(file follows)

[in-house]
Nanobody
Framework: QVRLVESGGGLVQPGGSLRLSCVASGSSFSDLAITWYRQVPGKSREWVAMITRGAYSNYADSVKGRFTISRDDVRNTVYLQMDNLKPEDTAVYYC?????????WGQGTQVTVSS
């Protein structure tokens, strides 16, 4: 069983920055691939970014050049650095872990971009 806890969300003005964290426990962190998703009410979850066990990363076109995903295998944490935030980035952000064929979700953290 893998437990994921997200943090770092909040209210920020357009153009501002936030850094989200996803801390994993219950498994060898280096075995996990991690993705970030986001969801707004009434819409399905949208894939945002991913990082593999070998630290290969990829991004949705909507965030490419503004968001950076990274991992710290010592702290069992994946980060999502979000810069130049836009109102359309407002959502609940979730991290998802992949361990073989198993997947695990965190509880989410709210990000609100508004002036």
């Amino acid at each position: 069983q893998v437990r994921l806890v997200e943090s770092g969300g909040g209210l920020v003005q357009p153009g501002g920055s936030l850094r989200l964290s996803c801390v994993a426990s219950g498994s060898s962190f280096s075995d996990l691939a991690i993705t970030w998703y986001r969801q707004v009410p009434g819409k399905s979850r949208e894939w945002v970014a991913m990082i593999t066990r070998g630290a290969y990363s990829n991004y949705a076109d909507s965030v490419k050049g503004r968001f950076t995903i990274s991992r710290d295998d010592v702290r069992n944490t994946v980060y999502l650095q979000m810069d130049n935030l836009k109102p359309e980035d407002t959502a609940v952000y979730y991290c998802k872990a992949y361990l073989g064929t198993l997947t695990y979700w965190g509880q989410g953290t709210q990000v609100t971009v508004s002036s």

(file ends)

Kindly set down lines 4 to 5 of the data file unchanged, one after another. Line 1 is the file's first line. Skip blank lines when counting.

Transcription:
């Protein structure tokens, strides 16, 4: 069983920055691939970014050049650095872990971009 806890969300003005964290426990962190998703009410979850066990990363076109995903295998944490935030980035952000064929979700953290 893998437990994921997200943090770092909040209210920020357009153009501002936030850094989200996803801390994993219950498994060898280096075995996990991690993705970030986001969801707004009434819409399905949208894939945002991913990082593999070998630290290969990829991004949705909507965030490419503004968001950076990274991992710290010592702290069992994946980060999502979000810069130049836009109102359309407002959502609940979730991290998802992949361990073989198993997947695990965190509880989410709210990000609100508004002036």
């Amino acid at each position: 069983q893998v437990r994921l806890v997200e943090s770092g969300g909040g209210l920020v003005q357009p153009g501002g920055s936030l850094r989200l964290s996803c801390v994993a426990s219950g498994s060898s962190f280096s075995d996990l691939a991690i993705t970030w998703y986001r969801q707004v009410p009434g819409k399905s979850r949208e894939w945002v970014a991913m990082i593999t066990r070998g630290a290969y990363s990829n991004y949705a076109d909507s965030v490419k050049g503004r968001f950076t995903i990274s991992r710290d295998d010592v702290r069992n944490t994946v980060y999502l650095q979000m810069d130049n935030l836009k109102p359309e980035d407002t959502a609940v952000y979730y991290c998802k872990a992949y361990l073989g064929t198993l997947t695990y979700w965190g509880q989410g953290t709210q990000v609100t971009v508004s002036s």